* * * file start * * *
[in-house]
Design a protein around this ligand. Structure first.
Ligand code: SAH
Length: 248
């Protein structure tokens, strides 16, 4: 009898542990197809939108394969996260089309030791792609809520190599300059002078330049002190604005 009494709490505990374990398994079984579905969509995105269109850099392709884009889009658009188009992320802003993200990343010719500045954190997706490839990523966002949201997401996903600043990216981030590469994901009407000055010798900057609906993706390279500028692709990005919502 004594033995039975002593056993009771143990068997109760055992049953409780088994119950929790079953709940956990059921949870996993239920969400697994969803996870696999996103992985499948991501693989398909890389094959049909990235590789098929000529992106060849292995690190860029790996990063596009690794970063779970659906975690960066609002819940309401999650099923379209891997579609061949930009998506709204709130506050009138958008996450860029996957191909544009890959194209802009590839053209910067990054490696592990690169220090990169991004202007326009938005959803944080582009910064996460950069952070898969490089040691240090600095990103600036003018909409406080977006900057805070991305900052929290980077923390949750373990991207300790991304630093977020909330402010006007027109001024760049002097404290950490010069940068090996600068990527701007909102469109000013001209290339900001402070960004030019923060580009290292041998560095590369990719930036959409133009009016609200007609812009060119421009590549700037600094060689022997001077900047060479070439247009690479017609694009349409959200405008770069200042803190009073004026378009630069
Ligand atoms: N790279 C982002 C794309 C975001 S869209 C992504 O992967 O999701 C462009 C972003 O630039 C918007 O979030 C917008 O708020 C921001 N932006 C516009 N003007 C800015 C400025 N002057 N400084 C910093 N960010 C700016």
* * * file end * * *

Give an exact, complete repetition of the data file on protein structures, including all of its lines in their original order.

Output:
[in-house]
Design a protein around this ligand. Structure first.
Ligand code: SAH
Length: 248
């Protein structure tokens, strides 16, 4: 009898542990197809939108394969996260089309030791792609809520190599300059002078330049002190604005 009494709490505990374990398994079984579905969509995105269109850099392709884009889009658009188009992320802003993200990343010719500045954190997706490839990523966002949201997401996903600043990216981030590469994901009407000055010798900057609906993706390279500028692709990005919502 004594033995039975002593056993009771143990068997109760055992049953409780088994119950929790079953709940956990059921949870996993239920969400697994969803996870696999996103992985499948991501693989398909890389094959049909990235590789098929000529992106060849292995690190860029790996990063596009690794970063779970659906975690960066609002819940309401999650099923379209891997579609061949930009998506709204709130506050009138958008996450860029996957191909544009890959194209802009590839053209910067990054490696592990690169220090990169991004202007326009938005959803944080582009910064996460950069952070898969490089040691240090600095990103600036003018909409406080977006900057805070991305900052929290980077923390949750373990991207300790991304630093977020909330402010006007027109001024760049002097404290950490010069940068090996600068990527701007909102469109000013001209290339900001402070960004030019923060580009290292041998560095590369990719930036959409133009009016609200007609812009060119421009590549700037600094060689022997001077900047060479070439247009690479017609694009349409959200405008770069200042803190009073004026378009630069
Ligand atoms: N790279 C982002 C794309 C975001 S869209 C992504 O992967 O999701 C462009 C972003 O630039 C918007 O979030 C917008 O708020 C921001 N932006 C516009 N003007 C800015 C400025 N002057 N400084 C910093 N960010 C700016």